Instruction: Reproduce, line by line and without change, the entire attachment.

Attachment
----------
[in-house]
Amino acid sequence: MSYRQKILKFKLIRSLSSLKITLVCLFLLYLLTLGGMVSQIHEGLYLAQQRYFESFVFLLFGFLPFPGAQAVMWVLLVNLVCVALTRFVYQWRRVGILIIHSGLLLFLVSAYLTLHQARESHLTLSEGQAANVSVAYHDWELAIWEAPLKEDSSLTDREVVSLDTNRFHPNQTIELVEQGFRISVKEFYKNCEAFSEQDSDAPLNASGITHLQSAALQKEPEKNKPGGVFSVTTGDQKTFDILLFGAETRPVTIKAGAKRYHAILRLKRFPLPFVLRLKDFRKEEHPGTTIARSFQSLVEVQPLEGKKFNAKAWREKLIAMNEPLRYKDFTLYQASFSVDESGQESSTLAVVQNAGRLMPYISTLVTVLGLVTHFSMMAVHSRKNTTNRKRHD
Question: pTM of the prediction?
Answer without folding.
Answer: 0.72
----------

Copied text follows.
[in-house]
Amino acid sequence: MSYRQKILKFKLIRSLSSLKITLVCLFLLYLLTLGGMVSQIHEGLYLAQQRYFESFVFLLFGFLPFPGAQAVMWVLLVNLVCVALTRFVYQWRRVGILIIHSGLLLFLVSAYLTLHQARESHLTLSEGQAANVSVAYHDWELAIWEAPLKEDSSLTDREVVSLDTNRFHPNQTIELVEQGFRISVKEFYKNCEAFSEQDSDAPLNASGITHLQSAALQKEPEKNKPGGVFSVTTGDQKTFDILLFGAETRPVTIKAGAKRYHAILRLKRFPLPFVLRLKDFRKEEHPGTTIARSFQSLVEVQPLEGKKFNAKAWREKLIAMNEPLRYKDFTLYQASFSVDESGQESSTLAVVQNAGRLMPYISTLVTVLGLVTHFSMMAVHSRKNTTNRKRHD
Question: pTM of the prediction?
Answer without folding.
Answer: 0.72